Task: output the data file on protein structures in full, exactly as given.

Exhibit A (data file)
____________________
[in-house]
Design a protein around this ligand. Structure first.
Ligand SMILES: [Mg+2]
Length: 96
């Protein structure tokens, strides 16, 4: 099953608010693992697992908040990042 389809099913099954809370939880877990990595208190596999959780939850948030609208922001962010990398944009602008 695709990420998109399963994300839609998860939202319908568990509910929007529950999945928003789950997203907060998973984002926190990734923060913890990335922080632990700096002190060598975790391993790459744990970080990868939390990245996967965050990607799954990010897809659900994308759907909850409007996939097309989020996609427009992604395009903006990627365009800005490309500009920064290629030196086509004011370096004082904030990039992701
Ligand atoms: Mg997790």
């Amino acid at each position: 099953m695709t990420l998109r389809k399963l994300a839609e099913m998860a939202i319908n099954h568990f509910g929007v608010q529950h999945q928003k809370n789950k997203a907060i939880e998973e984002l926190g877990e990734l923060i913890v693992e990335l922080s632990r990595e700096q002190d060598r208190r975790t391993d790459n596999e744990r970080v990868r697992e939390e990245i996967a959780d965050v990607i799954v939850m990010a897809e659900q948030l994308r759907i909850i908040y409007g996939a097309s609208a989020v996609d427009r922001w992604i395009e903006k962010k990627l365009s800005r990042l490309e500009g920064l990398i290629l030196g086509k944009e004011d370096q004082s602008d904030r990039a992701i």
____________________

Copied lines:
[in-house]
Design a protein around this ligand. Structure first.
Ligand SMILES: [Mg+2]
Length: 96
């Protein structure tokens, strides 16, 4: 099953608010693992697992908040990042 389809099913099954809370939880877990990595208190596999959780939850948030609208922001962010990398944009602008 695709990420998109399963994300839609998860939202319908568990509910929007529950999945928003789950997203907060998973984002926190990734923060913890990335922080632990700096002190060598975790391993790459744990970080990868939390990245996967965050990607799954990010897809659900994308759907909850409007996939097309989020996609427009992604395009903006990627365009800005490309500009920064290629030196086509004011370096004082904030990039992701
Ligand atoms: Mg997790």
């Amino acid at each position: 099953m695709t990420l998109r389809k399963l994300a839609e099913m998860a939202i319908n099954h568990f509910g929007v608010q529950h999945q928003k809370n789950k997203a907060i939880e998973e984002l926190g877990e990734l923060i913890v693992e990335l922080s632990r990595e700096q002190d060598r208190r975790t391993d790459n596999e744990r970080v990868r697992e939390e990245i996967a959780d965050v990607i799954v939850m990010a897809e659900q948030l994308r759907i909850i908040y409007g996939a097309s609208a989020v996609d427009r922001w992604i395009e903006k962010k990627l365009s800005r990042l490309e500009g920064l990398i290629l030196g086509k944009e004011d370096q004082s602008d904030r990039a992701i």